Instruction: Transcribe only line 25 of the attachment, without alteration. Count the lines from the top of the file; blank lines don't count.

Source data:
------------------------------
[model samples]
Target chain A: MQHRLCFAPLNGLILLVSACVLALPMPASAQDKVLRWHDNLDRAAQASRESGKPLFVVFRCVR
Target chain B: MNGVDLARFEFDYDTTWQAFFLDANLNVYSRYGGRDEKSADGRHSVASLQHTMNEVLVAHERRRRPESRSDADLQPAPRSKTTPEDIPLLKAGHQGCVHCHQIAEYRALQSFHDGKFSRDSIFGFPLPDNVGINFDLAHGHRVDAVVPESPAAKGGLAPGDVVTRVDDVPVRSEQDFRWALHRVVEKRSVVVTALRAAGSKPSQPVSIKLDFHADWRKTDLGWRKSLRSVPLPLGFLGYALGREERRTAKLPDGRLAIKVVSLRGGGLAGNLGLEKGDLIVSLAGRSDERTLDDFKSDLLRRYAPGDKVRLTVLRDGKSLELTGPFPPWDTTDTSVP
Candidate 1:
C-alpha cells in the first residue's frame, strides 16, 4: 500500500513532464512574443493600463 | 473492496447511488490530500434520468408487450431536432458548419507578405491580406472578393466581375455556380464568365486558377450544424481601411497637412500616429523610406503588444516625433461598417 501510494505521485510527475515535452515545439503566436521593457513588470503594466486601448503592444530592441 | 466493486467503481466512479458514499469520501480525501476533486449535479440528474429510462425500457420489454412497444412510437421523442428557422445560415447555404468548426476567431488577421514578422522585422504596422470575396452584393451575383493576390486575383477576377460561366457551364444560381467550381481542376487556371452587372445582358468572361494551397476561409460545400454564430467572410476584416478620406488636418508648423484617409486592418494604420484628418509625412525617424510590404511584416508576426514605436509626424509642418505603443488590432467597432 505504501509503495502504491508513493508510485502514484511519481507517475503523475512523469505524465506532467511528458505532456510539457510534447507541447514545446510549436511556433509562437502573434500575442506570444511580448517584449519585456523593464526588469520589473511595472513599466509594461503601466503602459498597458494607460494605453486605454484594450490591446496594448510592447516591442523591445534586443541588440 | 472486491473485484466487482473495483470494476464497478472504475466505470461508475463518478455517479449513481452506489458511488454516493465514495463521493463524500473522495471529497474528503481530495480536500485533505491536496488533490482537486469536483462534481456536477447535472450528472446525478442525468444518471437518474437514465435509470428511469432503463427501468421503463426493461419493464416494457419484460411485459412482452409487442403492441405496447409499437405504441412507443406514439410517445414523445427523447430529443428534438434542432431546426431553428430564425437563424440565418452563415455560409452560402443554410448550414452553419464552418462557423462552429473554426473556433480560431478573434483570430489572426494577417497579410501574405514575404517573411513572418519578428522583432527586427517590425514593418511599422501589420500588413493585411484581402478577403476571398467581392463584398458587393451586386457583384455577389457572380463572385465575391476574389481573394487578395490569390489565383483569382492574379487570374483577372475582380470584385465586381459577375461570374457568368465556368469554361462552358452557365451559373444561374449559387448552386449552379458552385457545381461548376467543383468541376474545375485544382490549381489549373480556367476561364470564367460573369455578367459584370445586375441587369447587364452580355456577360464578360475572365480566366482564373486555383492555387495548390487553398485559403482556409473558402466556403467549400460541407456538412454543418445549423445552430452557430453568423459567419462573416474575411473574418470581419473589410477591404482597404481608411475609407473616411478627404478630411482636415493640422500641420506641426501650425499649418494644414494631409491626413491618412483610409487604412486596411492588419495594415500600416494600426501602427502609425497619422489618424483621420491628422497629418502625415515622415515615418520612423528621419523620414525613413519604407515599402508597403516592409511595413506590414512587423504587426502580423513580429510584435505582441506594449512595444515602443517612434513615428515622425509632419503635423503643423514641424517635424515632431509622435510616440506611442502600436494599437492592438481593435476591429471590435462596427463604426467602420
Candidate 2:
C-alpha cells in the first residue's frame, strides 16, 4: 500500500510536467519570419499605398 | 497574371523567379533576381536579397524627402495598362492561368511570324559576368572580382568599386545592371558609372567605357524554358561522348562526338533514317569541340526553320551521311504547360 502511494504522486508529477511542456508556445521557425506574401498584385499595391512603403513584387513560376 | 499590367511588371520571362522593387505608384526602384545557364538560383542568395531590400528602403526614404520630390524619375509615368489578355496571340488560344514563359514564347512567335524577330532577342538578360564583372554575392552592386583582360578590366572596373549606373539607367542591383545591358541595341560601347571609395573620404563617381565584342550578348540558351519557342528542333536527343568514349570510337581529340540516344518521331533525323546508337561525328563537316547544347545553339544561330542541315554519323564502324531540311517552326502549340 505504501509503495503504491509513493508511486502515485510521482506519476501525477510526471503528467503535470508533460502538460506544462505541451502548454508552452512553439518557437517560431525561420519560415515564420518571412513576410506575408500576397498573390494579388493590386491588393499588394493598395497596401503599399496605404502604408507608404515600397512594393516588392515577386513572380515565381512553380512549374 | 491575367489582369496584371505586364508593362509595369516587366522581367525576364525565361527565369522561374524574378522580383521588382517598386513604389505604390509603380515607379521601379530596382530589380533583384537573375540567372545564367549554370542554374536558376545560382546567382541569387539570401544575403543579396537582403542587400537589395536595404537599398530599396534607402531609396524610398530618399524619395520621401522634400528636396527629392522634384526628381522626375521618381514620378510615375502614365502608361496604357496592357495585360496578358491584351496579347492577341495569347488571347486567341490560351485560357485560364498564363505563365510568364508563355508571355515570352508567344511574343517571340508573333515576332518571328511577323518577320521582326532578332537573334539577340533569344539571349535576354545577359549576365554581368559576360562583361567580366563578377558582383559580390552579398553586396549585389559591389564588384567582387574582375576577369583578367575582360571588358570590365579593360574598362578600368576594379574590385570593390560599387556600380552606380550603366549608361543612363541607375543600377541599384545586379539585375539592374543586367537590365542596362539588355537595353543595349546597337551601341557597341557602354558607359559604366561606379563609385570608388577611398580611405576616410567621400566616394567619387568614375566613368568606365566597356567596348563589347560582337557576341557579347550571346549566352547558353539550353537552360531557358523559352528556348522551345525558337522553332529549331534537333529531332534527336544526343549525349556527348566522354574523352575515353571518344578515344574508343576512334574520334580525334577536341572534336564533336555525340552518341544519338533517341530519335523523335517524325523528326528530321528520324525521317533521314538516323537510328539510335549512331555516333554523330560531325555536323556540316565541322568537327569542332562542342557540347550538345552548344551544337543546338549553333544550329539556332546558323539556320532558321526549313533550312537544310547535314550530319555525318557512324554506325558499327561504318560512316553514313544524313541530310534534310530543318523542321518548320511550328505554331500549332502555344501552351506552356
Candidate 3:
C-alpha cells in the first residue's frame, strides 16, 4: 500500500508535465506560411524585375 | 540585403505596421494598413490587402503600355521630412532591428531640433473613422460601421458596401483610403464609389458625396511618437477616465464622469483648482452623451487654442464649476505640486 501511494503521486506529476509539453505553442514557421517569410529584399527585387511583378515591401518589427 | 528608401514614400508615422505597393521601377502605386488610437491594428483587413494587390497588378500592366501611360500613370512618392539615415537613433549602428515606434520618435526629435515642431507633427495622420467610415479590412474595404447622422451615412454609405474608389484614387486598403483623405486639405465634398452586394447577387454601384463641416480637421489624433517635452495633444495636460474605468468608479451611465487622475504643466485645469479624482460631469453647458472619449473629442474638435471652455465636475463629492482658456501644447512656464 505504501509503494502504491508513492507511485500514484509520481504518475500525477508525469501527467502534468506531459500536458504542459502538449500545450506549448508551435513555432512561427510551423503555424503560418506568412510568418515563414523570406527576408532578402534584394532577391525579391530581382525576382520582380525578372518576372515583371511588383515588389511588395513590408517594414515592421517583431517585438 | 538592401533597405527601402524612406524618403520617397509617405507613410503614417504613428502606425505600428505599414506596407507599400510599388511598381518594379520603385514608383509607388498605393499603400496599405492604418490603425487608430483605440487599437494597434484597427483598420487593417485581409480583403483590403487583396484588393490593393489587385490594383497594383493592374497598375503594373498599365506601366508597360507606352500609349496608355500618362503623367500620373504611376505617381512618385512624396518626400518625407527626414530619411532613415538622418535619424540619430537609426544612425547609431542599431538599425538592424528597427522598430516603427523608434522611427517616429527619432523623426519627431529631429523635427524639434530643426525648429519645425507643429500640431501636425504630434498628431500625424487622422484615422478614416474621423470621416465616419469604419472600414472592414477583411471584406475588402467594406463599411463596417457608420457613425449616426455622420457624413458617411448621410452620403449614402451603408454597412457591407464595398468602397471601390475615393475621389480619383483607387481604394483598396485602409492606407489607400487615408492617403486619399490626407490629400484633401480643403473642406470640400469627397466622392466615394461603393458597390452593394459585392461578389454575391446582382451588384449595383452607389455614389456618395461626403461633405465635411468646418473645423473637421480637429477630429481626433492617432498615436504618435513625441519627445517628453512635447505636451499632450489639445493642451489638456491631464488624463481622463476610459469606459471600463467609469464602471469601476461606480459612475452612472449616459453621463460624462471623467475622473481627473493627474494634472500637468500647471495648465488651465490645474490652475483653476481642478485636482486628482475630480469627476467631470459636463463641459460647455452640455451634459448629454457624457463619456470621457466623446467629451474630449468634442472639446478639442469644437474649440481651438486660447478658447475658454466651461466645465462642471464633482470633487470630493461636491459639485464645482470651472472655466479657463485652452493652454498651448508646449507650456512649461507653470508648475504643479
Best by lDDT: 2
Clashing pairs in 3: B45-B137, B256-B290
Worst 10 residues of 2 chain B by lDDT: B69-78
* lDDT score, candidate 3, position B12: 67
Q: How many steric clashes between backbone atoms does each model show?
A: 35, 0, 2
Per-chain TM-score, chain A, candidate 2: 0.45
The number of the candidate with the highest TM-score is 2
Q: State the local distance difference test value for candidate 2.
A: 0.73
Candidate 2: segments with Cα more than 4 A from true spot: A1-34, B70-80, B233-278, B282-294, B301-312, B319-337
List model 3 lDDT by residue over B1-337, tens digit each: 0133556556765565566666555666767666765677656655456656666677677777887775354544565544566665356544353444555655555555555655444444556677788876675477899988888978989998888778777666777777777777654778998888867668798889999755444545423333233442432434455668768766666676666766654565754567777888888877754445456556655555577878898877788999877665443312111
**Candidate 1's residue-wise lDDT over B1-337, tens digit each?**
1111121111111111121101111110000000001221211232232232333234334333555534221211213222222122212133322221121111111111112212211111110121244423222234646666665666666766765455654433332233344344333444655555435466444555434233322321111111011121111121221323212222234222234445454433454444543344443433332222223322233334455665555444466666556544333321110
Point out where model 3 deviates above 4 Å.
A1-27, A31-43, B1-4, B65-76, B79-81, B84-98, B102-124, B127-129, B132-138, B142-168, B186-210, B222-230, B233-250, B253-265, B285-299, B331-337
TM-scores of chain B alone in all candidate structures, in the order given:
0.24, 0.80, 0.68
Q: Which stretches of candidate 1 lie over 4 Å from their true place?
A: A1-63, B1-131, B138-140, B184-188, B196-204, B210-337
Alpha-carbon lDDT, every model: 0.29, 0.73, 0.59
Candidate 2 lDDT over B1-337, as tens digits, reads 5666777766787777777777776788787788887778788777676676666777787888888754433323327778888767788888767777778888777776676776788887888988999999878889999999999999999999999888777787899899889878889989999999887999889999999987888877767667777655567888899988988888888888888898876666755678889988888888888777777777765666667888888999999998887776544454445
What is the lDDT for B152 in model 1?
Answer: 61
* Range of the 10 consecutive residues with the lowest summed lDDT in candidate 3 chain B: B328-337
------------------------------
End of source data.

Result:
A1-27, A31-43, B1-4, B65-76, B79-81, B84-98, B102-124, B127-129, B132-138, B142-168, B186-210, B222-230, B233-250, B253-265, B285-299, B331-337